Category Archives: great race

Peter Falk 1927-2011

Award-winning and prolific actor, Peter Falk, of screen and stage, passed away yesterday in Beverly Hills, after being treated for Alzheimer’s disease in recent years. He was 83.

Falk was most closely identified as the television detective Columbo, which he played for decades, but he had a lengthy career on television and in film for years before then.

He holds a fond place in my heart as he appears in my favorite movie of all time – The Great Race. As Max, he was the comic stooge to Jack Lemmon’s Professor Fate, prompting such wonderful lines as “The Great Leslie escaped with a chicken?” and “Push the button, Max.”

Falk was nominated for multiple Oscars, Emmys and Golden Globes and even won a few. His other memorable movie roles include those in Murder, Inc., Pocketful of Miracles, The In-Laws, Robin and the Seven Hoods, The Brinks Job, The Princess Bride and Wings of Desire.

For all that, it still comes back to Columbo, which despite what might be thought was not actually even a TV series. It was part of NBC’s “Sunday Mystery Movie,” which alternated originally with “McCloud” and MacMillan and Wife” in the two-hour time slot every Sunday night. Peter Falk wore the dirty raincoat and asked suspects “just one more thing” in one form or another for over thirty years.

We have lost one of the great ones. Peter Falk, we’ll miss you.

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Tony Curtis 1925-2010

This is a bad week for Hollywood, we are losing all the good ones. Yesterday we lost director Arthur Penn, and this morning the news comes that also last night actor Tony Curtis passed away. His daughter Jamie Lee Curtis confirmed his passing from cardiac arrest after several medical maladies this past year. He was 85.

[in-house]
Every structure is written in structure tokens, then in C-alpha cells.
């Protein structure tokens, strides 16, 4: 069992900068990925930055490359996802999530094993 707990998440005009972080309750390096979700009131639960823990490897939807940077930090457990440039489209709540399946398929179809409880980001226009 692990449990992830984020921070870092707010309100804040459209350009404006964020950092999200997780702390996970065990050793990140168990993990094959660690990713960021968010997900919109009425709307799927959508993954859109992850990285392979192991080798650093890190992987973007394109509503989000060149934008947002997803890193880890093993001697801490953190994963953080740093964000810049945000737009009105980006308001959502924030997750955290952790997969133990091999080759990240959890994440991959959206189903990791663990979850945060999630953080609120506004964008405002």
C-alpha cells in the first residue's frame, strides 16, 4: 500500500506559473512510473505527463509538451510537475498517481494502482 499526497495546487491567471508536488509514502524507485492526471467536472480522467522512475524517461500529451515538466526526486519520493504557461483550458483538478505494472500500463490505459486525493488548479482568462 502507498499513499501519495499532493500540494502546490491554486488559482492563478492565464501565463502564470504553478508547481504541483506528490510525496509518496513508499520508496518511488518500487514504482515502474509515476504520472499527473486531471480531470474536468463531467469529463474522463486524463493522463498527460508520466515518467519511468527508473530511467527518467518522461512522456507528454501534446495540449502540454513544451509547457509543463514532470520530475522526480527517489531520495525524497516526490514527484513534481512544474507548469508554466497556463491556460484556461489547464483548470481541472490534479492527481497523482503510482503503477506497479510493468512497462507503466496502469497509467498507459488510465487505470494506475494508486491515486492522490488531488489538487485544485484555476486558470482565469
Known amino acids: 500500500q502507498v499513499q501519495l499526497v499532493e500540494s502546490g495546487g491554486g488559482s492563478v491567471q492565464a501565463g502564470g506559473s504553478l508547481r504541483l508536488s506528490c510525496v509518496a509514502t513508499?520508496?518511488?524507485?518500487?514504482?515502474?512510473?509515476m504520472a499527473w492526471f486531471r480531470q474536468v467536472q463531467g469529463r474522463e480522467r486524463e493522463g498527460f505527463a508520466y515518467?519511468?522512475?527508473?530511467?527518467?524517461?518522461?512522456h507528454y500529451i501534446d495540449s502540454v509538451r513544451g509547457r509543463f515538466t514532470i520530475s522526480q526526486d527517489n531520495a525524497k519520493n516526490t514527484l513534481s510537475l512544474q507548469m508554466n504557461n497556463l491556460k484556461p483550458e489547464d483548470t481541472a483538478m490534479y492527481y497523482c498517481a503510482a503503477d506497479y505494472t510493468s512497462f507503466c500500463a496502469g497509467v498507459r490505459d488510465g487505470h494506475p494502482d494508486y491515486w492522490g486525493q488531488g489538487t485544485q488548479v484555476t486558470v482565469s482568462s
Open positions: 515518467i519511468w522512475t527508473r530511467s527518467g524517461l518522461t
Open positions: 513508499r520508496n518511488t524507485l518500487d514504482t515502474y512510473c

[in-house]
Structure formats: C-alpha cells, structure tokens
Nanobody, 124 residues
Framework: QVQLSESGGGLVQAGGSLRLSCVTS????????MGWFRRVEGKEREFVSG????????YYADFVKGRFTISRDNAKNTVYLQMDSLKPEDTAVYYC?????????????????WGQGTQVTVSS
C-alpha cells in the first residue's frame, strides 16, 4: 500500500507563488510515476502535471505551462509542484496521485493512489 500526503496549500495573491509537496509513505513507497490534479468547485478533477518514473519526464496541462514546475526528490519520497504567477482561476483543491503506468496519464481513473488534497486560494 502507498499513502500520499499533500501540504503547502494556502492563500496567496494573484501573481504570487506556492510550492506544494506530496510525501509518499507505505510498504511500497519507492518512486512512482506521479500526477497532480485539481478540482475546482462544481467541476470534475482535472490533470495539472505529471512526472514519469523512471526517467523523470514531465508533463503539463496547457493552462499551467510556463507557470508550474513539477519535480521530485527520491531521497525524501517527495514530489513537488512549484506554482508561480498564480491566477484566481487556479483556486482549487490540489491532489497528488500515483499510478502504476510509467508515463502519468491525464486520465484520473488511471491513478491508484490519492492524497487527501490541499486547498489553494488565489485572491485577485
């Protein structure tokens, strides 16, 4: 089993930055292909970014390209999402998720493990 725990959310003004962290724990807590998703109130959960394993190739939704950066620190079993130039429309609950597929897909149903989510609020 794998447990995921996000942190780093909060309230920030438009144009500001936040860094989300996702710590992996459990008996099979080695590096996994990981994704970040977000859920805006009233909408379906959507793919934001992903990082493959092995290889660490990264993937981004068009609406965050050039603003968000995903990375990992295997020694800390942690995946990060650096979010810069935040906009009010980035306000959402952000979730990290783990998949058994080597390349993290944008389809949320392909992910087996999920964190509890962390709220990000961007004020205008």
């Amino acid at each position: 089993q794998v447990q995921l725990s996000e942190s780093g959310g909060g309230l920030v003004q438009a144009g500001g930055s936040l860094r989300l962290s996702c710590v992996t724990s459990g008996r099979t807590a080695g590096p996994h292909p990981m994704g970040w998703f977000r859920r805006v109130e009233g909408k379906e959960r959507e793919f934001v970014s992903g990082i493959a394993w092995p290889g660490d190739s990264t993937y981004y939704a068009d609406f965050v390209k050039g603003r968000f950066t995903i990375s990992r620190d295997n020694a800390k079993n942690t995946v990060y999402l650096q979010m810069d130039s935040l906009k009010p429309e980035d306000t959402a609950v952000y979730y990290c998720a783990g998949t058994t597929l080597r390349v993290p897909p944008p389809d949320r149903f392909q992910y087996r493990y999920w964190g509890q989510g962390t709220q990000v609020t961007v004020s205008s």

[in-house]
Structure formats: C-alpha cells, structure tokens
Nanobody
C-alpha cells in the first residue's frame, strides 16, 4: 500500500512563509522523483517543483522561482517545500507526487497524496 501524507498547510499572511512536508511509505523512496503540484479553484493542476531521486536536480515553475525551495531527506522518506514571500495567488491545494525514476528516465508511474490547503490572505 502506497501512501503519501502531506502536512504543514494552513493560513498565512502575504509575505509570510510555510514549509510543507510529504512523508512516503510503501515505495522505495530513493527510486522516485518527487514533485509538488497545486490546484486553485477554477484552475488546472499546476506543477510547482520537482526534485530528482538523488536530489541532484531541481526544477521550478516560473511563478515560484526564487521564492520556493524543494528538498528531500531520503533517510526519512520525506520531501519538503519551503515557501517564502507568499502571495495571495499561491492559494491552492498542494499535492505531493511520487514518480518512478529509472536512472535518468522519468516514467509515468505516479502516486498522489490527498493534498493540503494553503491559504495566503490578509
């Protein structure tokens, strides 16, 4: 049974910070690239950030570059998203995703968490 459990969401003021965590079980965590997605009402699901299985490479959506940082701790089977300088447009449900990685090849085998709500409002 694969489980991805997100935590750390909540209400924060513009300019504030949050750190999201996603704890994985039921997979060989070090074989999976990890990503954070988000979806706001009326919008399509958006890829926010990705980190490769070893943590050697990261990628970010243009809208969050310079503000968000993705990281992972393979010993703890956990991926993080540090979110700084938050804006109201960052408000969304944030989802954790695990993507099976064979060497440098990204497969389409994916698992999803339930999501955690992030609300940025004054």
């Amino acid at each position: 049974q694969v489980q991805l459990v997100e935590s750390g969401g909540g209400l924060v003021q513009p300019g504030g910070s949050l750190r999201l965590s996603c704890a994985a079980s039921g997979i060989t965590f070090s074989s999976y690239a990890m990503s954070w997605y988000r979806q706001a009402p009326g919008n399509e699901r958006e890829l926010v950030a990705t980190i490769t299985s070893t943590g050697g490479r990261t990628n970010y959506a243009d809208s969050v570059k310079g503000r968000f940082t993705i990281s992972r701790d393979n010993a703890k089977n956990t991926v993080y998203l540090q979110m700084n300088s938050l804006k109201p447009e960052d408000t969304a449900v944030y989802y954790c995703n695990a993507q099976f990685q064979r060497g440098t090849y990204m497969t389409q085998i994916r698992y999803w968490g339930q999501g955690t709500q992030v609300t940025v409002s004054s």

Tony Curtis starred in my favorite film of all time, The Great Race. It was a fave when I was a kid, and remains to this day. I watch it every time it airs from start to finish, nearly three hours. It’s got adventure, romance, music, history, satire and comedy. Throw in the fight between good and evil and race cars, and it just can’t be beat. And in the center of it all, as the dashing hero radiating charisma, is Tony Curtis. That’s the kind of guy he was, the epitome of the leading man, even when he was playing a parody of one.

Curtis was great in everything he was in. Whether he was in drag as in Some Like It Hot, getting an Oscar nod in The Defiant Ones, or being the best thing in the completely dreadful telemovie Tarzan in Manhattan, he was always marvelous. He was the undisputed star of so many movies, including Houdini, Operation Petticoat, Boeing Boeing and Spartacus.

Born Bernie Schwartz in Hells Kitchen, he came to Hollywood in the late 1940s and became an almost instant star. He was married to Janet Leigh and romantically linked to Marilyn Monroe. He also played regular roles on television on shows like “The Persuaders” and “Vega$,” and on this the fiftieth anniversary of “The Flintstones,” he might be remembered for his guest appearance as Stony Curtis. The last time I saw him on television was on “The Graham Norton Show” a year or so ago. He didn’t look well, but he still rocked the house with his stories of old Hollywood.

This is indeed a sad day. We have lost one of the legends of Hollywood.

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